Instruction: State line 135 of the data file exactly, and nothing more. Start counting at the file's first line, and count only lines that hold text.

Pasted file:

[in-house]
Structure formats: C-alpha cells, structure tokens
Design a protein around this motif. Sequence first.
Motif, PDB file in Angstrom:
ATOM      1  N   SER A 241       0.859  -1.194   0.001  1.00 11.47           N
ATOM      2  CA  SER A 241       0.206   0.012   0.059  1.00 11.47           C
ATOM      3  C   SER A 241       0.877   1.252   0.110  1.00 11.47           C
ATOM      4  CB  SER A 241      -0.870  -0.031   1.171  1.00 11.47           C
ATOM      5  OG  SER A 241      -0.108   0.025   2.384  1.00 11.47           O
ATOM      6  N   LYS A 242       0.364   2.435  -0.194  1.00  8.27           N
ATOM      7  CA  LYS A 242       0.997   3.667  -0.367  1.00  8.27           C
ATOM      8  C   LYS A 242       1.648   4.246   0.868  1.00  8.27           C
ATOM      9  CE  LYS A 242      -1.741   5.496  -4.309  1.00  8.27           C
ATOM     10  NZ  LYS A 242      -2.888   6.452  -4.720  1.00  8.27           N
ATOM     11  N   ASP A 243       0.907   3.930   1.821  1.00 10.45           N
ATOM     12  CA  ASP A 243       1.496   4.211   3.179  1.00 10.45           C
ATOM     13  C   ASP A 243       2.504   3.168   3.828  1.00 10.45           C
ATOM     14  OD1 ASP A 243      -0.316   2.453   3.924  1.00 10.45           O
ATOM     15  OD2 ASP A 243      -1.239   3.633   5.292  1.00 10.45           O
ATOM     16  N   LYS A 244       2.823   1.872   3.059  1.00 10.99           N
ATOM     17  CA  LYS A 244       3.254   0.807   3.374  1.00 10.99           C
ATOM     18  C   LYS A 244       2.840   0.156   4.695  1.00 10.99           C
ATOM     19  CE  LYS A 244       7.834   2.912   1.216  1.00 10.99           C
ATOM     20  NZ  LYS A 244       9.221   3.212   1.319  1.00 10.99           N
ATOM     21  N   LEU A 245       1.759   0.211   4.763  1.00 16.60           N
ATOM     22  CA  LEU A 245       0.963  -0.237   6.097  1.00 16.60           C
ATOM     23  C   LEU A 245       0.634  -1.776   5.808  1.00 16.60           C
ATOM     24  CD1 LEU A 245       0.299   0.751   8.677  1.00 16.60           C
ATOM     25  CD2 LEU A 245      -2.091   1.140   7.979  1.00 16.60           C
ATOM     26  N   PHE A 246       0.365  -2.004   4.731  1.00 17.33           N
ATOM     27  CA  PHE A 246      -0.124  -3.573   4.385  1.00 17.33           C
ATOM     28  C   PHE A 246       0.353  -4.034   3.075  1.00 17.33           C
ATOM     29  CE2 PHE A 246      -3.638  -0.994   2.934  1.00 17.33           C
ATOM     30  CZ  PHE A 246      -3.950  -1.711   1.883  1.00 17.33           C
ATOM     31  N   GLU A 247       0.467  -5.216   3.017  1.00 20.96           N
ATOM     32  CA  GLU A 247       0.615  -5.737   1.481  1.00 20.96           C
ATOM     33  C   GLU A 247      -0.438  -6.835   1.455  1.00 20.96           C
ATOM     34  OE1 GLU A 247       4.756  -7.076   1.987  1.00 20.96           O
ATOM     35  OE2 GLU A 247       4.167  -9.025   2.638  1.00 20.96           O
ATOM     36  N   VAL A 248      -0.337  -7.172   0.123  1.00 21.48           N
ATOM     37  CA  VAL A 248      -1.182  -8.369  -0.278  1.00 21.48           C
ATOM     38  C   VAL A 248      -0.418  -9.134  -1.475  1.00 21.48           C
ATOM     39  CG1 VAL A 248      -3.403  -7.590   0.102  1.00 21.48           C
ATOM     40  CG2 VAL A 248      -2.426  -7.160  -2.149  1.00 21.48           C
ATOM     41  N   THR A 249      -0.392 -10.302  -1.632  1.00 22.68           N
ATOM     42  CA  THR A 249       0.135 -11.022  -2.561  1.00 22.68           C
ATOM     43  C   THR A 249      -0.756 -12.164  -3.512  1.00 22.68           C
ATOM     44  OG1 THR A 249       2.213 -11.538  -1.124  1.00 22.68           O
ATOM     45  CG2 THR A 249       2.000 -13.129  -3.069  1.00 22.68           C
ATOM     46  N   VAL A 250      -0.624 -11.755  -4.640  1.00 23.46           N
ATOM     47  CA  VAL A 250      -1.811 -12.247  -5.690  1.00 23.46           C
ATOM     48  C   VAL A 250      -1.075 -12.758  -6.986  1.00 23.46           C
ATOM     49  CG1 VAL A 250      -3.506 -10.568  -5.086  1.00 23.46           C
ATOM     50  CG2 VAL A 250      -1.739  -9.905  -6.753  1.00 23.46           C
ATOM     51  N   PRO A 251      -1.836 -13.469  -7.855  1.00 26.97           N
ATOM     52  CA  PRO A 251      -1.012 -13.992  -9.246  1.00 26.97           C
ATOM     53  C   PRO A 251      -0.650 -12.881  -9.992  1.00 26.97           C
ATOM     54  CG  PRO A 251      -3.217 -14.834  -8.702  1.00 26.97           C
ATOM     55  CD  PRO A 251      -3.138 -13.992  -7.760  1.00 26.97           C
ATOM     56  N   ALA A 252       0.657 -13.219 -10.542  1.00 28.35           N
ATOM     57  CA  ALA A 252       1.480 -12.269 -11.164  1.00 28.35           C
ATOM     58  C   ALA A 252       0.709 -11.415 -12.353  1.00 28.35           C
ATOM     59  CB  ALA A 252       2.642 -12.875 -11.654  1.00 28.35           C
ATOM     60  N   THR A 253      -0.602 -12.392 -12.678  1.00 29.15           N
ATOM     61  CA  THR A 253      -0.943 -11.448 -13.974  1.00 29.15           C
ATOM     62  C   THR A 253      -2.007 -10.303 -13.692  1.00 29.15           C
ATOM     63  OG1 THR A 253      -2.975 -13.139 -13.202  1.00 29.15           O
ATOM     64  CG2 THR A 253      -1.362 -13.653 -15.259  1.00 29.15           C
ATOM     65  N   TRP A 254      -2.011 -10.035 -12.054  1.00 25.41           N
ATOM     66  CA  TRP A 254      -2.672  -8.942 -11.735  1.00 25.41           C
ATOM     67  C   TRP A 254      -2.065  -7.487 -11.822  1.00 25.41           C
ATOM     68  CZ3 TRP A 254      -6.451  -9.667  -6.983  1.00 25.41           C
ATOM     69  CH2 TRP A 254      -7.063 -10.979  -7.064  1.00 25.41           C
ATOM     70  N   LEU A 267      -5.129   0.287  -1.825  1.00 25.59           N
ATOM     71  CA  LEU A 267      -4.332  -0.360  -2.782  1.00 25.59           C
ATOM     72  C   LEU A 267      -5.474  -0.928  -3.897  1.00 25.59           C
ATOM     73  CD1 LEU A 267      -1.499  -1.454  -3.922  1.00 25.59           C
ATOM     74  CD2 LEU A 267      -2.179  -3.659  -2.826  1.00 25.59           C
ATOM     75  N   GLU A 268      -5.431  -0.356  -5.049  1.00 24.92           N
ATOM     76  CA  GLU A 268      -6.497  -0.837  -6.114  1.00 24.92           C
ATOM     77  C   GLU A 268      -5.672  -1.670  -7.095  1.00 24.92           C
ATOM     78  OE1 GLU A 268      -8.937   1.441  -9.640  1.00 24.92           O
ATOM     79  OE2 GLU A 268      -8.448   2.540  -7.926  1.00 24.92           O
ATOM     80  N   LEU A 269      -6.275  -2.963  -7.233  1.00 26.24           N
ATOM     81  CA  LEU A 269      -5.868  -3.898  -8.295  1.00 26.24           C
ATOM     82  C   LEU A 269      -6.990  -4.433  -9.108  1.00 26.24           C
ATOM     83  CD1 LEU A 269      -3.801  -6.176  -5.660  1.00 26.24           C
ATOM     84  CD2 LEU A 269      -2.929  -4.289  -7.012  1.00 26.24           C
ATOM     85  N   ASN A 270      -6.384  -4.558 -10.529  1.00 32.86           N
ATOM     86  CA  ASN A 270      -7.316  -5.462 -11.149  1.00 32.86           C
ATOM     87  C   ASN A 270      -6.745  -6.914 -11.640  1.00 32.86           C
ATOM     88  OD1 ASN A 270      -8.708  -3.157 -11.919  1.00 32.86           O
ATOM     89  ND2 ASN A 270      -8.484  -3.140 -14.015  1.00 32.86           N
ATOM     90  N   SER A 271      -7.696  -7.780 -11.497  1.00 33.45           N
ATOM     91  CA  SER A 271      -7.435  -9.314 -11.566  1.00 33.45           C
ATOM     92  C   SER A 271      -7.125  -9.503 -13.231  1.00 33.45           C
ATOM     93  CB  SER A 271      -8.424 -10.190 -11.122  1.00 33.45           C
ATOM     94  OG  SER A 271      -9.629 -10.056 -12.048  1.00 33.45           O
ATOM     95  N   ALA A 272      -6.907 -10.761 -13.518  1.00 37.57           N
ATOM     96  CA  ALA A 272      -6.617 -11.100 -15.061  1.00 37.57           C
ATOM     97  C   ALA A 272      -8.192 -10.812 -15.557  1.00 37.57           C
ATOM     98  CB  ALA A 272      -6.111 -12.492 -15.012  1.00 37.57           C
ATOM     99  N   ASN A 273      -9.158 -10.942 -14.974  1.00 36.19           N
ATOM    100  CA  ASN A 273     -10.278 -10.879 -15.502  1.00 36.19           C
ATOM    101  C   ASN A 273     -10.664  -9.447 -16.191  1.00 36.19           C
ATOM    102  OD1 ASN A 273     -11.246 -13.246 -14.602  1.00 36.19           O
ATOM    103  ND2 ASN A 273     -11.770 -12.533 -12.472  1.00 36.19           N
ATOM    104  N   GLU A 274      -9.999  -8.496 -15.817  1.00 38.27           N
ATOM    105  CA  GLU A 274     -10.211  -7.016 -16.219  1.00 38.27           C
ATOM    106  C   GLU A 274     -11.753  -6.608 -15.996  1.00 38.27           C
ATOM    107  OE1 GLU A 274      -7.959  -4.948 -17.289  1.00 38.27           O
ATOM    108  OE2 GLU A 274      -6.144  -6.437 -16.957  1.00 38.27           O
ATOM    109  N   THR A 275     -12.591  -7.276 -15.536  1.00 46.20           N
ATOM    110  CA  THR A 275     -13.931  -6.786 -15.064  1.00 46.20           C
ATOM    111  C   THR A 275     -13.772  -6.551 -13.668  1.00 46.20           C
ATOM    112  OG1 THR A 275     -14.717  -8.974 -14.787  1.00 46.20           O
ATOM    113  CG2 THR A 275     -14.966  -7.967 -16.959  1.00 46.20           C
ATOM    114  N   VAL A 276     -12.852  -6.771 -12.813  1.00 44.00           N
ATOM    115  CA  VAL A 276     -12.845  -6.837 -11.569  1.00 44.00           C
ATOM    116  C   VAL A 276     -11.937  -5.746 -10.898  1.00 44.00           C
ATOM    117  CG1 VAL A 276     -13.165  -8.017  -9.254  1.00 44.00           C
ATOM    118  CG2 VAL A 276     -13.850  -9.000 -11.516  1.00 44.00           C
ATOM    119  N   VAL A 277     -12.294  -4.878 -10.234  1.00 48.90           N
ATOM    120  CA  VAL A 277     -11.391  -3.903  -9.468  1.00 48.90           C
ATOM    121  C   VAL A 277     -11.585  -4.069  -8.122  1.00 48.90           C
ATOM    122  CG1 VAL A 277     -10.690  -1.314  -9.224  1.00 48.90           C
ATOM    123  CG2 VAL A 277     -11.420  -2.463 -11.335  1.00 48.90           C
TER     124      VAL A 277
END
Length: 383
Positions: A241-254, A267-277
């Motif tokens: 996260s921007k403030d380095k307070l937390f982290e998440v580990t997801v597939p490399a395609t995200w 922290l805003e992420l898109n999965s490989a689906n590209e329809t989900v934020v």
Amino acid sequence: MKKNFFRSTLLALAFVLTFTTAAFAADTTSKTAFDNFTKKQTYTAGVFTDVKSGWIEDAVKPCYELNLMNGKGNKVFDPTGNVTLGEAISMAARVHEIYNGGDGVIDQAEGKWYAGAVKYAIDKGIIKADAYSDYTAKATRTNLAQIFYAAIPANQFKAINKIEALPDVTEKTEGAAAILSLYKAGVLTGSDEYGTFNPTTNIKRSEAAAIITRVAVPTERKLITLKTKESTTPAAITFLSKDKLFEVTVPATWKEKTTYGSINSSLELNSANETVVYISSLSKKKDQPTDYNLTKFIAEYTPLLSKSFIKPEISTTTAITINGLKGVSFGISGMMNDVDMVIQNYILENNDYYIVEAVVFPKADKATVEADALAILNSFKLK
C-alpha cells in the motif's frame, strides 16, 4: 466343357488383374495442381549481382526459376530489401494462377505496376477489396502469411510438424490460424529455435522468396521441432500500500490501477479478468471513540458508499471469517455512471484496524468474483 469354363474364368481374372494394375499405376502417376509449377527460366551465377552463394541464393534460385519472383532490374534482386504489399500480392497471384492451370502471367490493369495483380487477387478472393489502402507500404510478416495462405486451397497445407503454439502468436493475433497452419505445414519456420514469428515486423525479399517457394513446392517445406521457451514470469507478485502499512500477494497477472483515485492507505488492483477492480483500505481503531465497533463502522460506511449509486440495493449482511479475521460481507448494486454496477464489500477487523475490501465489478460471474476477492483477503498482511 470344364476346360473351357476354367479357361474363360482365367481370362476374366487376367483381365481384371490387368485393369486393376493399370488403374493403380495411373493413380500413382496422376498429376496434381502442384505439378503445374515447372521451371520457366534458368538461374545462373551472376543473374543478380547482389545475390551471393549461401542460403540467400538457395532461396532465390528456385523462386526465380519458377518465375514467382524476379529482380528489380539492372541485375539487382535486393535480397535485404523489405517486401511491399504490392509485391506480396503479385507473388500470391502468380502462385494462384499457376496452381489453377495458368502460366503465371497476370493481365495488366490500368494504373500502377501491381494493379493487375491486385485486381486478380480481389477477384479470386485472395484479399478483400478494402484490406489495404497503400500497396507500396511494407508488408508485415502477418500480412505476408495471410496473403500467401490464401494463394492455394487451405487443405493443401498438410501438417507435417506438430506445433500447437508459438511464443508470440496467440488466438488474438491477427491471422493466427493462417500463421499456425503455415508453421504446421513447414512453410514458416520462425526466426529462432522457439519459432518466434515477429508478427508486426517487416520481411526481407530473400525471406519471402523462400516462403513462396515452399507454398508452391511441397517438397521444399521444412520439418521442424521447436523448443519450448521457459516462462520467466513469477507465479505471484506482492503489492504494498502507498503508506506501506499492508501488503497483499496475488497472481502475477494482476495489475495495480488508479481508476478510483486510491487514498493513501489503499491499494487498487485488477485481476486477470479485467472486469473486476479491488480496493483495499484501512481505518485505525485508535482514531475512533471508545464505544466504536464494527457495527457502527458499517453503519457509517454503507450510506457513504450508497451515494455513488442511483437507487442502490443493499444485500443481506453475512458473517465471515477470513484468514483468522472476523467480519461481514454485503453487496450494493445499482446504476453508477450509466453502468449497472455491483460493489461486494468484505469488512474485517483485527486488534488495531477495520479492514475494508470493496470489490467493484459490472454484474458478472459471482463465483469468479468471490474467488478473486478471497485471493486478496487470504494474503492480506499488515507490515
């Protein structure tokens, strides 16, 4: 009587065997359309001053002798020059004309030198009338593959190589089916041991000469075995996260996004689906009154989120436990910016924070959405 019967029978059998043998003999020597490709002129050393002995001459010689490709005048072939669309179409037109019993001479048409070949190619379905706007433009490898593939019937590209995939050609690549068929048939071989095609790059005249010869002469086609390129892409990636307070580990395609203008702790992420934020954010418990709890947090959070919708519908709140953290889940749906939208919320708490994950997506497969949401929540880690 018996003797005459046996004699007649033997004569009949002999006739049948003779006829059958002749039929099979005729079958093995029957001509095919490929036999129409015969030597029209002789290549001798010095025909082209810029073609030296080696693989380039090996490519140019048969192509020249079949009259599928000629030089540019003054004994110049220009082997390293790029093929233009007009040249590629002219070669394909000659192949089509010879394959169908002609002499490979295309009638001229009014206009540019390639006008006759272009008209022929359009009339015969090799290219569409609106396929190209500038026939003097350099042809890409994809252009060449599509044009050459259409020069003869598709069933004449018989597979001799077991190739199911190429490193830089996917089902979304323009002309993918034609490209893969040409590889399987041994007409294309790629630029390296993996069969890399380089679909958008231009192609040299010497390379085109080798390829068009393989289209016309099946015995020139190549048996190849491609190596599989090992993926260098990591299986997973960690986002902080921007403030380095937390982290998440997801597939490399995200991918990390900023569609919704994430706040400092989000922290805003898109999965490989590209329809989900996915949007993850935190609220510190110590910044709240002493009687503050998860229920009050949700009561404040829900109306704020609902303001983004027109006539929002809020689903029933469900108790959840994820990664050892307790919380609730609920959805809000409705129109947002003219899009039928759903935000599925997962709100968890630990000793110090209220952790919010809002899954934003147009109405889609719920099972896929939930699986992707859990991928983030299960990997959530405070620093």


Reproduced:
């Protein structure tokens, strides 16, 4: 009587065997359309001053002798020059004309030198009338593959190589089916041991000469075995996260996004689906009154989120436990910016924070959405 019967029978059998043998003999020597490709002129050393002995001459010689490709005048072939669309179409037109019993001479048409070949190619379905706007433009490898593939019937590209995939050609690549068929048939071989095609790059005249010869002469086609390129892409990636307070580990395609203008702790992420934020954010418990709890947090959070919708519908709140953290889940749906939208919320708490994950997506497969949401929540880690 018996003797005459046996004699007649033997004569009949002999006739049948003779006829059958002749039929099979005729079958093995029957001509095919490929036999129409015969030597029209002789290549001798010095025909082209810029073609030296080696693989380039090996490519140019048969192509020249079949009259599928000629030089540019003054004994110049220009082997390293790029093929233009007009040249590629002219070669394909000659192949089509010879394959169908002609002499490979295309009638001229009014206009540019390639006008006759272009008209022929359009009339015969090799290219569409609106396929190209500038026939003097350099042809890409994809252009060449599509044009050459259409020069003869598709069933004449018989597979001799077991190739199911190429490193830089996917089902979304323009002309993918034609490209893969040409590889399987041994007409294309790629630029390296993996069969890399380089679909958008231009192609040299010497390379085109080798390829068009393989289209016309099946015995020139190549048996190849491609190596599989090992993926260098990591299986997973960690986002902080921007403030380095937390982290998440997801597939490399995200991918990390900023569609919704994430706040400092989000922290805003898109999965490989590209329809989900996915949007993850935190609220510190110590910044709240002493009687503050998860229920009050949700009561404040829900109306704020609902303001983004027109006539929002809020689903029933469900108790959840994820990664050892307790919380609730609920959805809000409705129109947002003219899009039928759903935000599925997962709100968890630990000793110090209220952790919010809002899954934003147009109405889609719920099972896929939930699986992707859990991928983030299960990997959530405070620093």